Appeal from the United States Patent and Trademark Office, Trademark Trial and Appeal Board in No. 85/472,044.
RONALD D. COLEMAN, Goetz Fitzpatrick PLLC, New York, NY, argued for appellant. Also represented by JOEL GEOFFREY MACMULL.
MOLLY R. SILFEN, Office of the Solicitor, United States Patent and Trademark Office, Alexandria, VA, argued for appellee Michelle K. Lee. Also represented by CHRISTINA HIEBER, THOMAS L. CASAGRANDE, NATHAN K. KELLEY.
Before LOURIE, MOORE, and O'MALLEY, Circuit Judges.
MOORE, Circuit Judge.
Simon Shiao Tam appeals from the decision of the Trademark Trial and Appeal Board (the Board) affirming the examining attorney's refusal to register the mark THE SLANTS because it is disparaging. We affirm.
Mr. Tam is the " front man" for Asian-American dance rock band The Slants. In 2010, Mr. Tam filed Application No. 77/952,263 ('263 application) seeking to register the mark THE SLANTS for " Entertainment, namely, live performances by a musical band." Mr. Tam attached specimens featuring the band name set against Asian motifs to the '263 application. The examining attorney found the mark disparaging to people of Asian descent under 15 U.S.C. § 1052(a) (" § 2(a)" ) and therefore refused to register it. Mr. Tam appealed that refusal to the Board, but the case was dismissed for failure to file a brief and the application was deemed abandoned. On November 14, 2011, six days after the abandonment of the '263 application, Mr. Tam filed a second application (Application No. 85/472,044, or the '044 application) seeking to register the mark THE SLANTS for essentially identical services as in the '263 application. In the '044 application, Mr. Tam claims use of the mark since 2006. Unlike the specimens attached to the '263 application, the specimens attached to the '044 application do not contain Asian motifs. The examining attorney again found the mark THE SLANTS disparaging and declined to register it. In making this determination, the examining attorney cited to materials that he had gathered in response to Mr. Tam's earlier application. Mr. Tam responded and a final office action issued.
The Board affirmed the examining attorney's refusal to register the mark. The Board found that " it is abundantly clear from the record not only that THE SLANTS . . . would have the likely meaning' of people of Asian descent but also
that such meaning has been so perceived and has prompted significant responses by prospective attendees or hosts of the band's performances." In re Tam,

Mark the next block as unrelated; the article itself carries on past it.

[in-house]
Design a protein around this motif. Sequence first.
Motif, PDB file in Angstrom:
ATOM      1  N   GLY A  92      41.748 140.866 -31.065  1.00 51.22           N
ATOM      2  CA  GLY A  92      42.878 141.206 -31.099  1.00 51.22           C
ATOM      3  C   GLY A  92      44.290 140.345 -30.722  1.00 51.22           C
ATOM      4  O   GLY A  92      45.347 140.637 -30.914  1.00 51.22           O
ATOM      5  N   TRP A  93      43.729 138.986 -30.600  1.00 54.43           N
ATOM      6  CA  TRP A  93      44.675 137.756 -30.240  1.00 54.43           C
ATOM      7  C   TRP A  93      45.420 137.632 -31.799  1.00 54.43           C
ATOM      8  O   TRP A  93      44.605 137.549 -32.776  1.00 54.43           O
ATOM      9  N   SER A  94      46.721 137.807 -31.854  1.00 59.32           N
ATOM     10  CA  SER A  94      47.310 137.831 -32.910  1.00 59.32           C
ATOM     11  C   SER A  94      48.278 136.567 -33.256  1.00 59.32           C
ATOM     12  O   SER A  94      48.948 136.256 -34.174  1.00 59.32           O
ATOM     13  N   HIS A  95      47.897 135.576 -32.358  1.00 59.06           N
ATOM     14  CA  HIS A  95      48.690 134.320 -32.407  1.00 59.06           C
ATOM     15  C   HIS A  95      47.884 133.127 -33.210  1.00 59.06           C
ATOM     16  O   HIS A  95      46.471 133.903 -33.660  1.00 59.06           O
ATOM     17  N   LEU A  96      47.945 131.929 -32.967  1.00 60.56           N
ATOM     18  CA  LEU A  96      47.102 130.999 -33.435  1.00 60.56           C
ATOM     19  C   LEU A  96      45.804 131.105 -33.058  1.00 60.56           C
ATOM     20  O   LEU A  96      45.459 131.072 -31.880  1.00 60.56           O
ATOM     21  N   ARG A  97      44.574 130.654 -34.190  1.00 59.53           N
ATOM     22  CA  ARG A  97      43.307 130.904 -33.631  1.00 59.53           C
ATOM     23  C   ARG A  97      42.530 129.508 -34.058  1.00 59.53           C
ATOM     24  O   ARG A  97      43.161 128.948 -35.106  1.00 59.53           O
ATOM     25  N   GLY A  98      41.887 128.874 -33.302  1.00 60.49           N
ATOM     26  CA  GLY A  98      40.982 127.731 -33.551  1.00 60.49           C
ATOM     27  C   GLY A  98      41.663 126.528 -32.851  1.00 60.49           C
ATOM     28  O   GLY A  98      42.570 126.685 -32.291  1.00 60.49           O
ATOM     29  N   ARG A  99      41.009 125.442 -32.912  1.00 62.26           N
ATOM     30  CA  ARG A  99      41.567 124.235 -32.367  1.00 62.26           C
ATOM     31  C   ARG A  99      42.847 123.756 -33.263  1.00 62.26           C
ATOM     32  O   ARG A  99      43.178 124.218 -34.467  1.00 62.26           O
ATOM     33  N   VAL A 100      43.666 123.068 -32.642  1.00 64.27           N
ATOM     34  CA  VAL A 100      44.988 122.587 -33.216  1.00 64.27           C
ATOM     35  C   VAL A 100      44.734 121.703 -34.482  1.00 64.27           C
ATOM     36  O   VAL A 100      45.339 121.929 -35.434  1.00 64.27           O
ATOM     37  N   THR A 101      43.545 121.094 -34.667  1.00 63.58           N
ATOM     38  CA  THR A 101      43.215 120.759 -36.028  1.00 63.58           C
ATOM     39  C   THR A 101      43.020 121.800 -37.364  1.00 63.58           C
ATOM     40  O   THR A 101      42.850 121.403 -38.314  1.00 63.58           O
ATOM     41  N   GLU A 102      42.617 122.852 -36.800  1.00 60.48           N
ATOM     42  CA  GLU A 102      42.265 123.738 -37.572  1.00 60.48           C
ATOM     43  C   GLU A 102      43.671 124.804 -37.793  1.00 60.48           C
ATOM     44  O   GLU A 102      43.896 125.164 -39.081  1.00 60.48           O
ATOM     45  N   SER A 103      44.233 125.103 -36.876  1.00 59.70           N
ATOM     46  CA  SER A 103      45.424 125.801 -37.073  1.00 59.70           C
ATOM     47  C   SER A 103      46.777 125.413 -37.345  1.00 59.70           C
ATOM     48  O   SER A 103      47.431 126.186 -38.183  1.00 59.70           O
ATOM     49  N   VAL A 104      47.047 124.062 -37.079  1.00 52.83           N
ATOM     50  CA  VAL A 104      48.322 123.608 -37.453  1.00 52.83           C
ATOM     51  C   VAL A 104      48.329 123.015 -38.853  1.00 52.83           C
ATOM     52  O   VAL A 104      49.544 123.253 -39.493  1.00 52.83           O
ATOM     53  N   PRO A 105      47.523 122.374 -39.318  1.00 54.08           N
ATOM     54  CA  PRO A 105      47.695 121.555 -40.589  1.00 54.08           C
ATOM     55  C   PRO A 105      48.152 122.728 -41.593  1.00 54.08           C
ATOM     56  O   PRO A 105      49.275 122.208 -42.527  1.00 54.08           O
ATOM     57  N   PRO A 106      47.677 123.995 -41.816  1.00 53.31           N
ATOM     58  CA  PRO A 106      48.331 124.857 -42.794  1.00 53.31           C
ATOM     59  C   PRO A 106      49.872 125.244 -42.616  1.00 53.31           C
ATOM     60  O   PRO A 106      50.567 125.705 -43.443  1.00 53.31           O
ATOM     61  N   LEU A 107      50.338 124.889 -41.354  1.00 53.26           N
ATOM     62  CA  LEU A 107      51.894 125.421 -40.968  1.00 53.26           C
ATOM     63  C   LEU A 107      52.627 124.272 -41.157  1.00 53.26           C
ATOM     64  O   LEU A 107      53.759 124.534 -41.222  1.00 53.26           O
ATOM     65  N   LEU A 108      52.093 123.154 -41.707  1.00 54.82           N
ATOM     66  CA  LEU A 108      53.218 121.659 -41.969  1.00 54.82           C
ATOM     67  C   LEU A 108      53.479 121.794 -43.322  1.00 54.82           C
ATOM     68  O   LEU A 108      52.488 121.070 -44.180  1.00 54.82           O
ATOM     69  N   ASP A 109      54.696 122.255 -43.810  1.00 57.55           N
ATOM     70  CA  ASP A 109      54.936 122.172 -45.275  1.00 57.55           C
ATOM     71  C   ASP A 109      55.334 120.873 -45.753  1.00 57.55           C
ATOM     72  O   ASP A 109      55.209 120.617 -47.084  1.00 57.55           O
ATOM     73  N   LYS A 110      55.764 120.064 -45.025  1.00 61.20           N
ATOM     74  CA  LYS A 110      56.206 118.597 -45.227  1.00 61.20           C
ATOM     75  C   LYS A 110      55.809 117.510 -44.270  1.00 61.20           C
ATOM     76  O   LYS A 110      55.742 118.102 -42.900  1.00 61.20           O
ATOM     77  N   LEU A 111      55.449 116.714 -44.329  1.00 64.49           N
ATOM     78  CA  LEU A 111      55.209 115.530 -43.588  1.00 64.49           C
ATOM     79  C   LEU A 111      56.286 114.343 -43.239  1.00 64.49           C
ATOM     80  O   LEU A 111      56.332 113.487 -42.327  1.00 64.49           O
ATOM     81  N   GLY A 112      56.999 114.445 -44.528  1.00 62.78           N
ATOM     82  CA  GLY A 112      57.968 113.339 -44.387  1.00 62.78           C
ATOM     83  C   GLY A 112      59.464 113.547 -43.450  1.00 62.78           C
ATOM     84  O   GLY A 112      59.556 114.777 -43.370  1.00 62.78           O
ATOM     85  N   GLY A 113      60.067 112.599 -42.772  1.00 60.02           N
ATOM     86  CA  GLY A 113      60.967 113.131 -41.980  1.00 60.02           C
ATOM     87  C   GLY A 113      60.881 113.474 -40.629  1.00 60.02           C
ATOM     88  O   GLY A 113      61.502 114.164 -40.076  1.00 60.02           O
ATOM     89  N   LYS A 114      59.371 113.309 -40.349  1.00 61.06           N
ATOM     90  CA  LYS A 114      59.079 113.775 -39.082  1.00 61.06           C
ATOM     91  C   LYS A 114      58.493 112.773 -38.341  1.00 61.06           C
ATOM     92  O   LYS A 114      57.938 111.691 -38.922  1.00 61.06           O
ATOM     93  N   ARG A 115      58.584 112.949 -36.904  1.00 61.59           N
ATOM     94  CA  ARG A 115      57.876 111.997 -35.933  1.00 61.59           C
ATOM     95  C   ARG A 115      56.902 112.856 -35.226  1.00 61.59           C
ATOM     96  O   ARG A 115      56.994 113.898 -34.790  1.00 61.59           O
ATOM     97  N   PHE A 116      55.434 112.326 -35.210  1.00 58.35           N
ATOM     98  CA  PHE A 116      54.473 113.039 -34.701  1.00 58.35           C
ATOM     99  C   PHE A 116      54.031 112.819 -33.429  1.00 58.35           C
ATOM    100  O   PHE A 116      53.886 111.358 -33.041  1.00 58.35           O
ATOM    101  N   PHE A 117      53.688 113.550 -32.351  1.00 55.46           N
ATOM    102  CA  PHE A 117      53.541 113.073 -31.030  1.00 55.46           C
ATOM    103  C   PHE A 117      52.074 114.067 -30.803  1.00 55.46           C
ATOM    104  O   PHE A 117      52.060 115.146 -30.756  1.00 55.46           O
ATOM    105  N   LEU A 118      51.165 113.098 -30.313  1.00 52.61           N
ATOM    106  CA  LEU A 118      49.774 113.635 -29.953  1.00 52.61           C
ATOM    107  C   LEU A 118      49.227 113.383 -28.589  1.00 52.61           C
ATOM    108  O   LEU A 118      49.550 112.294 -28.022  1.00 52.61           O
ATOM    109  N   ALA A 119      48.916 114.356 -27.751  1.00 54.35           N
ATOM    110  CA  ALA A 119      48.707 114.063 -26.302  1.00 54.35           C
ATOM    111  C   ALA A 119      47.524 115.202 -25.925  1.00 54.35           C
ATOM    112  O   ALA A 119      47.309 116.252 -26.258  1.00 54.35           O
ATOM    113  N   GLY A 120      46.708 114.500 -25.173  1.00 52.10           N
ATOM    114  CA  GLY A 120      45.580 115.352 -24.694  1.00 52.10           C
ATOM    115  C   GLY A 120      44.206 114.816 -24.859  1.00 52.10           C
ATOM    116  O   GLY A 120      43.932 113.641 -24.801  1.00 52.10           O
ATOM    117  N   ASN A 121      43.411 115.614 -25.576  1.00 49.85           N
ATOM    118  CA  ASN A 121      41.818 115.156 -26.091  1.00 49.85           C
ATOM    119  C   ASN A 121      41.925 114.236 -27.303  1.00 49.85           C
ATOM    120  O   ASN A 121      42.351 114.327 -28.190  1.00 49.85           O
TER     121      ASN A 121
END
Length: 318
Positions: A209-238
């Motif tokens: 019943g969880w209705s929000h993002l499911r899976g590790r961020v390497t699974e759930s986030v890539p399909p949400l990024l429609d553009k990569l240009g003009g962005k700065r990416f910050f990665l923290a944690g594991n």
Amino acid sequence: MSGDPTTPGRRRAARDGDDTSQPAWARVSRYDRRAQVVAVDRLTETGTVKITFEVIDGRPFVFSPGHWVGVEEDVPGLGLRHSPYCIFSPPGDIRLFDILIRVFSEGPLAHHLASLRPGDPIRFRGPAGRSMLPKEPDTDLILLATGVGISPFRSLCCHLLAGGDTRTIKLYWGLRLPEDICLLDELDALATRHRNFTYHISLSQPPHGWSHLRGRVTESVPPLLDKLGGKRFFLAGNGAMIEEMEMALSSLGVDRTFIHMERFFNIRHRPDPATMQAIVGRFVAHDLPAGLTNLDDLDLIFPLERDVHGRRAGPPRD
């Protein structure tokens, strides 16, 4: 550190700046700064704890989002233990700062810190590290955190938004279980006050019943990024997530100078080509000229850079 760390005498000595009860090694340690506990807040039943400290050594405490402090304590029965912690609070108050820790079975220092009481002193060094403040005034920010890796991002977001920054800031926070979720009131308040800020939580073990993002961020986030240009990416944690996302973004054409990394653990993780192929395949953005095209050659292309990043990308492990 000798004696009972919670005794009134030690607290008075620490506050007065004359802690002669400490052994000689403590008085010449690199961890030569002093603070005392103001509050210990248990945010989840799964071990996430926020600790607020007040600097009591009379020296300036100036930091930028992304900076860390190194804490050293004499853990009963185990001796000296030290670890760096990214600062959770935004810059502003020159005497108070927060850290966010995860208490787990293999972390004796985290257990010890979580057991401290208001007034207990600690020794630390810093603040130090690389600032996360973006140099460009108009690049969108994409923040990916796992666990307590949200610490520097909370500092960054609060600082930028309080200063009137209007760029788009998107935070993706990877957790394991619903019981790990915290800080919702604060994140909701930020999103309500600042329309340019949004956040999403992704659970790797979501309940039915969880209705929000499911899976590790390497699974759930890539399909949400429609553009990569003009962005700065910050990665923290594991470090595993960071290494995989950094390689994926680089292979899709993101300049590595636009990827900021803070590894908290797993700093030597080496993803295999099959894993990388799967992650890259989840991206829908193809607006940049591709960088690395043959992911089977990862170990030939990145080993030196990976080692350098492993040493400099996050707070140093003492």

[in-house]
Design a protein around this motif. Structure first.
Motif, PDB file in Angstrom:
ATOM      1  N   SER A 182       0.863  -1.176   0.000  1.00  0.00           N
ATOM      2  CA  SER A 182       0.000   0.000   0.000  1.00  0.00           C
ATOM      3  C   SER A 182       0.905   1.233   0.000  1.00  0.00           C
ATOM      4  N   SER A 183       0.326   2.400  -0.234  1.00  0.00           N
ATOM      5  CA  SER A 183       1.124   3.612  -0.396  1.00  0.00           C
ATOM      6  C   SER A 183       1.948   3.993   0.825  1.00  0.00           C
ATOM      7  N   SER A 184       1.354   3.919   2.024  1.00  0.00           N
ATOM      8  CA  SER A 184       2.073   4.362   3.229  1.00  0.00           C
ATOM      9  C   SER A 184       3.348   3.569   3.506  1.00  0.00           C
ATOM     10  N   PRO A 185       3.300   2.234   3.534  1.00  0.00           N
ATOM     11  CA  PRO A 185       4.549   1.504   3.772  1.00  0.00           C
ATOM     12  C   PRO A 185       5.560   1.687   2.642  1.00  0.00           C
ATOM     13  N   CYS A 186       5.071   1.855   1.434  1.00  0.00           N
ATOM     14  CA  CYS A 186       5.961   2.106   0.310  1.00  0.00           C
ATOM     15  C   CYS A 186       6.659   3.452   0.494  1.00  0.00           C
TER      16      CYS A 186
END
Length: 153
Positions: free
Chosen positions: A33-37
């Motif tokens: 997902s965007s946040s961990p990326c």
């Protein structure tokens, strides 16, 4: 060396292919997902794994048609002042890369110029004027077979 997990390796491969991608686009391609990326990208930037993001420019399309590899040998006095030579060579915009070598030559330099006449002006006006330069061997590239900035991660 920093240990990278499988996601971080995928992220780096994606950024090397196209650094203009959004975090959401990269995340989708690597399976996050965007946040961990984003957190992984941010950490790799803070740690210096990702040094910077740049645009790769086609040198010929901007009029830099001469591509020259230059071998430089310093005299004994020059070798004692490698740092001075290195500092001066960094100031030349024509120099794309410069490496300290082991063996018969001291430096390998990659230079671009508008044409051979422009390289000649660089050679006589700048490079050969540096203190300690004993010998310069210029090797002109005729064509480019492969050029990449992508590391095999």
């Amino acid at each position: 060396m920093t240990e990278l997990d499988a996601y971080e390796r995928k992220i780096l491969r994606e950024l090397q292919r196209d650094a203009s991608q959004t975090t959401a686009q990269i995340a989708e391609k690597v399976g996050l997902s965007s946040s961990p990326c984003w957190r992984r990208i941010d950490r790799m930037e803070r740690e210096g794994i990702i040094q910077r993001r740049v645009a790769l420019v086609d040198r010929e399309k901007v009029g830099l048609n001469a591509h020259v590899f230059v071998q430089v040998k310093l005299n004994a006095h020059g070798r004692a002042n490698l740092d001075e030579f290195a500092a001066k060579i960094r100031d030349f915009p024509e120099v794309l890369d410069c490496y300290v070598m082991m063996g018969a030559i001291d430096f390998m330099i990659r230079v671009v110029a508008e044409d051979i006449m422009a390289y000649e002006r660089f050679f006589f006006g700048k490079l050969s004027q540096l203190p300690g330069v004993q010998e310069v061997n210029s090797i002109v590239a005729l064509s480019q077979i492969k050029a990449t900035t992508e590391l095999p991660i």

No. 85472044, 2013 WL 5498164, at *5 (TTAB Sept. 26, 2013). To support this conclusion, the Board pointed to the band's website, which displayed the mark next to " a depiction of an Asian woman, utilizing rising sun imagery and using a stylized dragon image," and to a statement by Mr. Tam that he selected the mark in order to " own" the stereotype it represents. Tam, 2013 WL 5498164, at *5. The Board also found that the mark is disparaging to a substantial component of people of Asian descent because " [t]he dictionary definitions, reference works, and all other evidence unanimously categorize the word 'slant,' when meaning a person of Asian descent, as disparaging," and because there was record evidence of individuals and groups in the Asian community objecting to Mr. Tam's use of the word " slant." Tam, 2013 WL 5498164, at *7. The Board therefore disqualified the mark for registration under § 2(a). Mr. Tam appeals. We have jurisdiction under 28 U.S.C. § 1295(a)(4).
Mr. Tam argues that the Board erred in finding the mark THE SLANTS disparaging under § 2(a) of the Lanham Act and therefore unregistrable. Mr. Tam also challenges the constitutionality of § 2(a).
I. Disparagement Analysis
Section 2(a) of the Lanham Act provides that the Patent and Trademark Office (PTO) may refuse to register a trademark that " [c]onsists of or comprises immoral, deceptive, or scandalous matter; or matter which may disparage or falsely suggest a connection with persons, living or dead, institutions, beliefs, or national symbols, or bring them into contempt, or disrepute." 15 U.S.C. § 1052(a). A disparaging mark " 'dishonors by comparison with what is inferior, slights, deprecates, degrades, or affects or injures by unjust comparison.'" In re Geller, 751 F.3d 1355, 1358 (Fed. Cir. 2014) (quoting Pro-Football, Inc. v. Harjo, 284 F.Supp.2d 96, 124 (D.D.C. 2003)) (alterations omitted). In Geller, we applied a two-part test to determine if a mark may be disparaging:
(1) what is the likely meaning of the matter in question, taking into account not only dictionary definitions, but also the relationship of the matter to the other elements in the mark, the nature of the goods or services, and the manner in which the mark is used in the marketplace in connection with the goods or services; and
(2) if that meaning is found to refer to identifiable persons, institutions, beliefs or national symbols, whether that meaning may be disparaging to a substantial composite of the referenced group.
Id. This determination is " a conclusion of law based upon underlying factual inquiries." Id. We review the Board's factual findings for substantial evidence, and its ultimate conclusion de novo. Id.
A. Use of Prior Applications
As a threshold matter, Mr. Tam argues that the examining attorney and the Board should not have considered evidence gathered by the examining attorney while evaluating the earlier '263 application. We disagree. The examining attorney may look to evidence outside the application, such as dictionary definitions and newspaper articles, when determining the " manner of use" of the mark. See In re Bayer Aktiengesellschaft, 488 F.3d 960, 966-69 (Fed. Cir. 2007). Mr. Tam claims use of the mark THE SLANTS back to 2006, before he filed the '263 application.
Evidence gathered in response to the '263 application is relevant to determining the mark's manner of use for the time period during which Mr. Tam asserts the mark was in use. While the evidence gathered during the evaluation of the '263 application derives from an abandoned application dated before the '044 application's filing date, its use was not improper.
B. Likely Meaning